(9) The selection or extension of the tenure of officers (not including Joint Director and above) shall be made by a Board comprising Chief Vigilance Commissioner, Union Home Secretary and Secretary, (DOPT), Government of India. The Chief Vigilance Commissioner shall head the Board. The Board shall take into consideration the relevant information and material as may be placed before it by the Director, Central Bureau of Investigation."
3. After section 7 of the principal Act, the following sections shall be inserted, namely:—
"8. Over-riding Effect.—The provisions of this Act shall prevail notwithstanding anything to the contrary in any other law for the time being in force.
9. Secrecy of Information.—Any information obtained by the Director or other officers of the Delhi Special Police Establishment (Central Bureau of Investigation) or any of its employees in the course of or for the purposes of any inquiry or proceeding or investigation, and any evidence recorded or collected in connection therewith shall be treated as confidential, during the course of inquiry or proceeding or investigation."The Foreign Exchange Regulation (Amendment) Bill, 1998 An Act to amend the Foreign Exchange Regulation Act, 1973, in the light of the directions made by the Supreme Court of India in Vineet Narain and Others v. Union of India and Another [WP (Cr) 340-343 of 1993] and to provide for other incidental matters:
1. Title and Commencement.—(1) This Act shall be called the Foreign Exchange Regulation (Amendment) Act, 1998.
(2) It shall come into force on such date as the Central Government may, by notification in the Official Gazette, appoint provided that such date shall not be later than three months from the date on which the President of India grants assent.
2. Amendment of section 4(1).—Sub-section (1) of section 4 of the principal Act shall be substituted with the following sub-sections (1) and (2) and the existing sub sections (2) and (3) shall be renumbered as sub-sections (3) and (4) respectively:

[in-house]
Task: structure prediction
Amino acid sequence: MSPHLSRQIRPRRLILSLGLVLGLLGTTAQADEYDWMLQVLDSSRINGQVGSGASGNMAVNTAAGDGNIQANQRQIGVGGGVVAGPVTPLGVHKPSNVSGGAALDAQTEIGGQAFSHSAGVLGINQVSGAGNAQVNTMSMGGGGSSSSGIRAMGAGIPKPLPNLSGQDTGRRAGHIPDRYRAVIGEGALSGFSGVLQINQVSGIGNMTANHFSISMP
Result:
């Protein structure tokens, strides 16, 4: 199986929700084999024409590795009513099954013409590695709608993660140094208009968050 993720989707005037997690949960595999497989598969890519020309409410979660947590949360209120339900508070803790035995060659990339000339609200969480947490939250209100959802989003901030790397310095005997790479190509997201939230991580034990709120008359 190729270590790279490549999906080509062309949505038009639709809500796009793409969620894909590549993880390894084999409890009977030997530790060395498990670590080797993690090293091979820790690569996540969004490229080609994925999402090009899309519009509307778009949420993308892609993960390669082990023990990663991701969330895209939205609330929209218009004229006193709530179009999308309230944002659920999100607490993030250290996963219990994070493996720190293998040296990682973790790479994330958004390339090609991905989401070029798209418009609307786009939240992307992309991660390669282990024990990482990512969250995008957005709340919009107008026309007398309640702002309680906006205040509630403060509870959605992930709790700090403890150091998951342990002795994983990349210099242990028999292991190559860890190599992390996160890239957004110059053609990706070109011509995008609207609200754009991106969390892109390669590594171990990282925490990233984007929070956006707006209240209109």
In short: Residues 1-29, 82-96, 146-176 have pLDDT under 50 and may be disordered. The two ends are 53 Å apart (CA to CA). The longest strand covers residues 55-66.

"(1)(a) The Director of Enforcement, who shall be in the rank of Additional Secretary/Special Secretary to the Government of India shall be appointed by the Central Government from out of a panel of three names recommended by a Selection Committee, which shall consist of the Chief Vigilance Commissioner, Union Home Secretary, Secretary, Department of Revenue and Secretary, DOPT of the Government of India. The Selection Committee shall be headed by the Chief Vigilance Commissioner:
(b) The Director of Enforcement shall be appointed for a minimum tenure of two years regardless of the date of his superannuation, and any transfer of the Director to any other post, before the expiry of his tenure, shall be effected only with the approval of the Selection Committee mentioned in clause (a).
(c) The appointment of a Special Director shall also be made in the manner prescribed in clause (a) of this sub-section and his minimum tenure on the post shall also be the same as in the case of the Director of Enforcement.
(2)(a) It shall be the duty of the Director of Enforcement to monitor the progress of all investigations and adjudications being handled by the Directorate and to take steps for their speedy and effective completion. He shall also monitor and guide all prosecutions launched by the Enforcement Directorate, subject, of course, to the overall supervision of the Secretary, Department of Revenue, Ministry of Finance, Government of India.
(b) The annual report of the Enforcement Directorate shall contain a full and clear account of the working of the Directorate."